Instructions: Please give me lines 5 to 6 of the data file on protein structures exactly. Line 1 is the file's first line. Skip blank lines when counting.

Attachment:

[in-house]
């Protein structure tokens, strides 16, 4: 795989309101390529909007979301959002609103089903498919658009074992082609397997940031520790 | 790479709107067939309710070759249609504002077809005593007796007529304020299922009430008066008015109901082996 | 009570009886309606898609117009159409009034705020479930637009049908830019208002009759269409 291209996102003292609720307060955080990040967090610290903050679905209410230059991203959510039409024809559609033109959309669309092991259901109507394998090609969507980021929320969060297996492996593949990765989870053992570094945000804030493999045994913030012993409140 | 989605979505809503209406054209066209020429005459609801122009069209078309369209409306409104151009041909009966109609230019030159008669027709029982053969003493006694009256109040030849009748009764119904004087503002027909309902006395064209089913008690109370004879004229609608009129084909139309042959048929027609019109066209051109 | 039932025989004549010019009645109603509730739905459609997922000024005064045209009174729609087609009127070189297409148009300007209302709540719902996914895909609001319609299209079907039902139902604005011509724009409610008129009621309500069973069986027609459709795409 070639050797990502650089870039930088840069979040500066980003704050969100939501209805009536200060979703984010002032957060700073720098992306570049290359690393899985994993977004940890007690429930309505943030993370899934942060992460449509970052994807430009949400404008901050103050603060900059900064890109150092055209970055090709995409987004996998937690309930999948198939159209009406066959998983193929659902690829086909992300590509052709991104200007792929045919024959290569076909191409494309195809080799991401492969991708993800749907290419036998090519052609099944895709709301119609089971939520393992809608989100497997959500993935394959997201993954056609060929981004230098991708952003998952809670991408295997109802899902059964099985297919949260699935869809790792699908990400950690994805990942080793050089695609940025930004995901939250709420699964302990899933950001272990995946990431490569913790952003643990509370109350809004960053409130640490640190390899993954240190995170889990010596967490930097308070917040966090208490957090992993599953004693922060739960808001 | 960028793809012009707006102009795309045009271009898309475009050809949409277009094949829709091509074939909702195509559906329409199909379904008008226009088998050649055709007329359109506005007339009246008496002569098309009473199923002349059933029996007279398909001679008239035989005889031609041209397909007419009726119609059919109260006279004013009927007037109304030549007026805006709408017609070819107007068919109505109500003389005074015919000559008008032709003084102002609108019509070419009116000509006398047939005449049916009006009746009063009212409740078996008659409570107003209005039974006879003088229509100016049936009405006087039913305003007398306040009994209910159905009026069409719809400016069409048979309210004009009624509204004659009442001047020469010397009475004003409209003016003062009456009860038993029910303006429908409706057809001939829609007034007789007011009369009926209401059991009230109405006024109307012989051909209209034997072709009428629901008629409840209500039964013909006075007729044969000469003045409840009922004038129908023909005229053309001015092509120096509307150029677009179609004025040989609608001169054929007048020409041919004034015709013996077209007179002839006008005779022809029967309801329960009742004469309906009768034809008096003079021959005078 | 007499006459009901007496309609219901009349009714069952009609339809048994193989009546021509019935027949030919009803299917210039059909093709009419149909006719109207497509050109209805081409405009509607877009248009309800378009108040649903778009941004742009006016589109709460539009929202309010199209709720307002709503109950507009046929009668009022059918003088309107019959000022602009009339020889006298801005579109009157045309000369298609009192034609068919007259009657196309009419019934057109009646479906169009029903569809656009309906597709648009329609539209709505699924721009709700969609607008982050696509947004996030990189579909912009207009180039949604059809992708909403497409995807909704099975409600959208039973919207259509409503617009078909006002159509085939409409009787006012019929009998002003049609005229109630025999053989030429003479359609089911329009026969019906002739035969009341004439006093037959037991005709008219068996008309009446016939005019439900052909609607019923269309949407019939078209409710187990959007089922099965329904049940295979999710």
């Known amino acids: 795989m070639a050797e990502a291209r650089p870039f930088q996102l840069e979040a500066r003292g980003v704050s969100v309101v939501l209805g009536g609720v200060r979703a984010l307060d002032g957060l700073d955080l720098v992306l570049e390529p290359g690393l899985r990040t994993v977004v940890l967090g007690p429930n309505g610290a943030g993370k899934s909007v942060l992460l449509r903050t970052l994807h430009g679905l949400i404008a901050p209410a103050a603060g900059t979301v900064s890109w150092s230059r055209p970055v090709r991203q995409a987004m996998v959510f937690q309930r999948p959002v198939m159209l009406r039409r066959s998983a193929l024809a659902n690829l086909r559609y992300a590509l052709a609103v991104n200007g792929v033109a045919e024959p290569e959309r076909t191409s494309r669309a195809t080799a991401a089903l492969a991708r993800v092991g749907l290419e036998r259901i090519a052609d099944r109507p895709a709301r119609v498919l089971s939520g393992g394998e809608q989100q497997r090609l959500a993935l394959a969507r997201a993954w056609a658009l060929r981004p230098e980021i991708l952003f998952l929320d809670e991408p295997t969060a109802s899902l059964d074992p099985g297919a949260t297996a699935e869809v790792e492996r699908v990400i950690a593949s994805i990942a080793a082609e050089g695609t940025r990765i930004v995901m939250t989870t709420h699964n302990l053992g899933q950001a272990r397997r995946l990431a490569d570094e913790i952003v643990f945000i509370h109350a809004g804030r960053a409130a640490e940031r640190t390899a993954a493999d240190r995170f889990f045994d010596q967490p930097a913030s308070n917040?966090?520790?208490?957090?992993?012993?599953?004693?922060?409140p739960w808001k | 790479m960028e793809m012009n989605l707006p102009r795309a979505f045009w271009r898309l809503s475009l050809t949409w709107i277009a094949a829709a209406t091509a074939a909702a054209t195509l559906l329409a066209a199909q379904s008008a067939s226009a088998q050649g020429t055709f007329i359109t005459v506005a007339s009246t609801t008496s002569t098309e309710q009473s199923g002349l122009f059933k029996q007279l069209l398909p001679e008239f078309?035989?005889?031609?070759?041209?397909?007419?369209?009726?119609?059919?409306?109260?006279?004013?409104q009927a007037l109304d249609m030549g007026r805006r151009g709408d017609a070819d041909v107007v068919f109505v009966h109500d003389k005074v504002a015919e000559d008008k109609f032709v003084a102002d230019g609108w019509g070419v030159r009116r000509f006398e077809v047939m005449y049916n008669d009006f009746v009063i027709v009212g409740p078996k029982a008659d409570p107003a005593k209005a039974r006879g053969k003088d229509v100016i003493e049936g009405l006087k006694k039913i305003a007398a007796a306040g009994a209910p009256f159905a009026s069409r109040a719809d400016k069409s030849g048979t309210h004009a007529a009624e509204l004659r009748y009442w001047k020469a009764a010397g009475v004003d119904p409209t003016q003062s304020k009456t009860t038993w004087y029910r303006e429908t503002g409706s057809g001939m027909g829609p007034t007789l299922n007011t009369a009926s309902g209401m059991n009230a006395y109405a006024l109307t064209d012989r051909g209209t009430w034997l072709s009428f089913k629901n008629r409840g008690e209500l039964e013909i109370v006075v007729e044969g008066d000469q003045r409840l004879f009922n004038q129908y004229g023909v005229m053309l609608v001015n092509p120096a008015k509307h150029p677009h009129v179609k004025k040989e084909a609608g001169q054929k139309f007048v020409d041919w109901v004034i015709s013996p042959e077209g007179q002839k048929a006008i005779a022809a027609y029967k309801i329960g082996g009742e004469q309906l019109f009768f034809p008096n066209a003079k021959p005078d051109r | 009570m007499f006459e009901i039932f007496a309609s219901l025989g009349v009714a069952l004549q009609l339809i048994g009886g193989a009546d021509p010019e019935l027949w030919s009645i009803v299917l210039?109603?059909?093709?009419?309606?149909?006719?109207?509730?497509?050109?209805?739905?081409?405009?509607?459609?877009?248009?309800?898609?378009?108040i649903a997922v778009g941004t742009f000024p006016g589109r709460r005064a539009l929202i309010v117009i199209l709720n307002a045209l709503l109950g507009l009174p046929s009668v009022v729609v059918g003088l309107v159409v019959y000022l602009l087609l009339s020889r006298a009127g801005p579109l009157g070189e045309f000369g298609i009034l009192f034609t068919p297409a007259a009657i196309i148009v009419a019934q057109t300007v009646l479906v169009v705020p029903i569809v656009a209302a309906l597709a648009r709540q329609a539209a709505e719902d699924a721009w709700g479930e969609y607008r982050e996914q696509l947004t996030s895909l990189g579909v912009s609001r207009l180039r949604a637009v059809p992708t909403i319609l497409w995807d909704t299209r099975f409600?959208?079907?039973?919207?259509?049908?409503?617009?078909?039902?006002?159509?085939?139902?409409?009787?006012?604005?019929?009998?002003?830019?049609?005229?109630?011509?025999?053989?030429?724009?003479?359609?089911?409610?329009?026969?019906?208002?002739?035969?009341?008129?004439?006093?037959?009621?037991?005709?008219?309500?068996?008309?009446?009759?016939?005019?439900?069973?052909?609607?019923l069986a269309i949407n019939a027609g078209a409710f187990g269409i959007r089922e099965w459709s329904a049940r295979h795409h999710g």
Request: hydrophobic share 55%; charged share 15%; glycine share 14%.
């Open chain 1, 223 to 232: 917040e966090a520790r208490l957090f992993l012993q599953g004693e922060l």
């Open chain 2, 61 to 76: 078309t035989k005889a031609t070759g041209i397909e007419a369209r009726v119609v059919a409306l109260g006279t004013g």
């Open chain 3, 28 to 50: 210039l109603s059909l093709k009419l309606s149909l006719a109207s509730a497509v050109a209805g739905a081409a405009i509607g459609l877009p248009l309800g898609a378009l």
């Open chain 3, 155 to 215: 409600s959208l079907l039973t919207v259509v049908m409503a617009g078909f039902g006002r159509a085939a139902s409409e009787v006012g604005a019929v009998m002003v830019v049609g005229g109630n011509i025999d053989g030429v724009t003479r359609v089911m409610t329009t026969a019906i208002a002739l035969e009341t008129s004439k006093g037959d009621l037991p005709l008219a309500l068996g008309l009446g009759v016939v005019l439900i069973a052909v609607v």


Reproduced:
């Open chain 1, 223 to 232: 917040e966090a520790r208490l957090f992993l012993q599953g004693e922060l």
């Open chain 2, 61 to 76: 078309t035989k005889a031609t070759g041209i397909e007419a369209r009726v119609v059919a409306l109260g006279t004013g």